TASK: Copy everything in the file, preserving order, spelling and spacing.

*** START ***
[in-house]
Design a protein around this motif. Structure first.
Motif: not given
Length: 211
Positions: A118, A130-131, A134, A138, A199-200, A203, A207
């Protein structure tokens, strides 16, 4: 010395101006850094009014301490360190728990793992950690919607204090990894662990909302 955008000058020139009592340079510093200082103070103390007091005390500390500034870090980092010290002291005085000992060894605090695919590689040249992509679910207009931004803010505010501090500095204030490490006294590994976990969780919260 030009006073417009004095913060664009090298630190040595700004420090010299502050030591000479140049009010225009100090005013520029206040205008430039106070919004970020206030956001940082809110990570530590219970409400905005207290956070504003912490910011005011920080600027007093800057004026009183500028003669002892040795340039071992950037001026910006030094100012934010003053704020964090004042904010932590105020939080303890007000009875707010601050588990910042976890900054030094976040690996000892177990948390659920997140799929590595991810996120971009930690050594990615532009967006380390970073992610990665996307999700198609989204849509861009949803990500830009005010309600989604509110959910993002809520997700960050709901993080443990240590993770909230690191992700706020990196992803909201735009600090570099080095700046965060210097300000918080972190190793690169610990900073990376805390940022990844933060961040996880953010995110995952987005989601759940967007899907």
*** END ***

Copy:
[in-house]
Design a protein around this motif. Structure first.
Motif: not given
Length: 211
Positions: A118, A130-131, A134, A138, A199-200, A203, A207
């Protein structure tokens, strides 16, 4: 010395101006850094009014301490360190728990793992950690919607204090990894662990909302 955008000058020139009592340079510093200082103070103390007091005390500390500034870090980092010290002291005085000992060894605090695919590689040249992509679910207009931004803010505010501090500095204030490490006294590994976990969780919260 030009006073417009004095913060664009090298630190040595700004420090010299502050030591000479140049009010225009100090005013520029206040205008430039106070919004970020206030956001940082809110990570530590219970409400905005207290956070504003912490910011005011920080600027007093800057004026009183500028003669002892040795340039071992950037001026910006030094100012934010003053704020964090004042904010932590105020939080303890007000009875707010601050588990910042976890900054030094976040690996000892177990948390659920997140799929590595991810996120971009930690050594990615532009967006380390970073992610990665996307999700198609989204849509861009949803990500830009005010309600989604509110959910993002809520997700960050709901993080443990240590993770909230690191992700706020990196992803909201735009600090570099080095700046965060210097300000918080972190190793690169610990900073990376805390940022990844933060961040996880953010995110995952987005989601759940967007899907």